14. A measure used to express the computing time (complexity) of a piece of code relative to the size of the inputs. Examples: O(1)=Constant, O(log n)=Logarithmic, O(n)=Linear, O(n log n)=n Log n, O(n2)=Quadratic, O(n3)=Cubic, O(2n)=Exponential, and O(10n)=Exponential.
Big-O Notation
15. A graph in which each edge has a value associated with it. For example: a graph of routes between cities on a map may have a mileage associated with the route (edge) connecting each city (node) in the graph.
Weighted Graph
16. Testing a program or function based on knowing the internal working of the program or function. Based on making sure the testing covers all possible paths through the code.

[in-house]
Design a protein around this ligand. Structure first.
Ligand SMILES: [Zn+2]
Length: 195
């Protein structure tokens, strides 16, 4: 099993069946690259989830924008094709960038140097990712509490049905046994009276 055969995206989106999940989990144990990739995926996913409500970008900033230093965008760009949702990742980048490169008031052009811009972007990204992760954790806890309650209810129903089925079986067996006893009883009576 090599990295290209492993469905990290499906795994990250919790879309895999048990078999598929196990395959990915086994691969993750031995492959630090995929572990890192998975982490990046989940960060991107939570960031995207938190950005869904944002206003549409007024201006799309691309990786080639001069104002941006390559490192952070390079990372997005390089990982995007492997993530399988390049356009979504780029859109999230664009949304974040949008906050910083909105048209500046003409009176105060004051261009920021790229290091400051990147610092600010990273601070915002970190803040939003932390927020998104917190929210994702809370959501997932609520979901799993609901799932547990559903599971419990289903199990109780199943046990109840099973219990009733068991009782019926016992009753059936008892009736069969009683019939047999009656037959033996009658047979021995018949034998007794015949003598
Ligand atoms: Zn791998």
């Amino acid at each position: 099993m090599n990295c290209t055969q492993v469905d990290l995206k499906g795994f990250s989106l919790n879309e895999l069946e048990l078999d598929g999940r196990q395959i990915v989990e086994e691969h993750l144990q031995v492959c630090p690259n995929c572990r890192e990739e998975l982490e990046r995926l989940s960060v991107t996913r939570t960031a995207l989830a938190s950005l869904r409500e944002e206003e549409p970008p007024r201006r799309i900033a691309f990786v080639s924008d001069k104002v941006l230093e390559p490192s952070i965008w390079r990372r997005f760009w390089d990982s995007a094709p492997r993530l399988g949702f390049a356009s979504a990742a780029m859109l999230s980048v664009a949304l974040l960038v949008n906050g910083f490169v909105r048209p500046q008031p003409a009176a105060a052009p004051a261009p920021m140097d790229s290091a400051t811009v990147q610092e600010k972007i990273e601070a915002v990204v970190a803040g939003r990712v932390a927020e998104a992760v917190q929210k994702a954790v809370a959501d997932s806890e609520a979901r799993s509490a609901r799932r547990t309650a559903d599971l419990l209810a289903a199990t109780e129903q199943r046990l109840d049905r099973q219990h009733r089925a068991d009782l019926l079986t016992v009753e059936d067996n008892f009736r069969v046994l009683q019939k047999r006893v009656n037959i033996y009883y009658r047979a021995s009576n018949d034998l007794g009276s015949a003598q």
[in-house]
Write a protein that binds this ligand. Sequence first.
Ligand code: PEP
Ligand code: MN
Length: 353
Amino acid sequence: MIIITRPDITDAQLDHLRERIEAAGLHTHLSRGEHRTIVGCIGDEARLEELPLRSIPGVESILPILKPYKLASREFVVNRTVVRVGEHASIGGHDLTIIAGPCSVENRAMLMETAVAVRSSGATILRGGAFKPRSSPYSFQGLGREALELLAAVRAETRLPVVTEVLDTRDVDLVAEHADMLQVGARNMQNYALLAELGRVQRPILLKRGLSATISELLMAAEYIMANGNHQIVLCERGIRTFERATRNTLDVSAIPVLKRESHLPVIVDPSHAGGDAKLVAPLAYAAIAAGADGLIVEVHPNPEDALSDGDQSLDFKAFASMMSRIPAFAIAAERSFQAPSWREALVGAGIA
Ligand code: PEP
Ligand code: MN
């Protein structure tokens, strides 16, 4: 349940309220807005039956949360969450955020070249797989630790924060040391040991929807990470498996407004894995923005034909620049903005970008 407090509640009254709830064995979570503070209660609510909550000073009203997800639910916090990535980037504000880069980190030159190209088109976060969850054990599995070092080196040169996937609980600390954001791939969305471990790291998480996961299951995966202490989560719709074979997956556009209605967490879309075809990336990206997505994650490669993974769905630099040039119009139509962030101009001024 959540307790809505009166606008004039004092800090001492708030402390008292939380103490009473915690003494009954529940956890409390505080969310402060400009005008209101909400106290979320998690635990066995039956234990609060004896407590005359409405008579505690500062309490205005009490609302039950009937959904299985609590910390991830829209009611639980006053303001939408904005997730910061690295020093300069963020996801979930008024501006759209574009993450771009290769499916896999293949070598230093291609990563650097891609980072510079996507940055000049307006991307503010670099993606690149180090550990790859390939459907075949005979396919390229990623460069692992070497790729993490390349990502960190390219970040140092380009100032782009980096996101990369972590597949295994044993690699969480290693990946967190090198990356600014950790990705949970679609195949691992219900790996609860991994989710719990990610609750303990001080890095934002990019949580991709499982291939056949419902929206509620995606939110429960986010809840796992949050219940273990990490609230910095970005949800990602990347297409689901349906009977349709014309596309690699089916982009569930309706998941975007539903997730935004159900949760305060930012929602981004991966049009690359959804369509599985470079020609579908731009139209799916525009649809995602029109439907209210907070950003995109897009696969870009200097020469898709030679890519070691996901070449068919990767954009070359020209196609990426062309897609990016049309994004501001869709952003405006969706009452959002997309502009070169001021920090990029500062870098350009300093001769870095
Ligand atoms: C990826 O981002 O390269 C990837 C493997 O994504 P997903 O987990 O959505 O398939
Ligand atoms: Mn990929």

White-box Testing
17. A tree structure in which each node is an empty tree or a node that has left and/or right children which are binary trees. The key in the parent node is greater than the key in the left child and less than the key in the right child.
Binary Tree
18. Testing a program or function based solely on the defined inputs and expected results without considering what is happening inside the code.
Black-box Testing
19. The process of program design in which the problem is defined in terms of low level simple objects that interact in some way. Design progresses from the simple objects and how they interact upward to more complex interactions. Also called object oriented programming. Focus is on the data objects in the software system. See Top Down Program Design.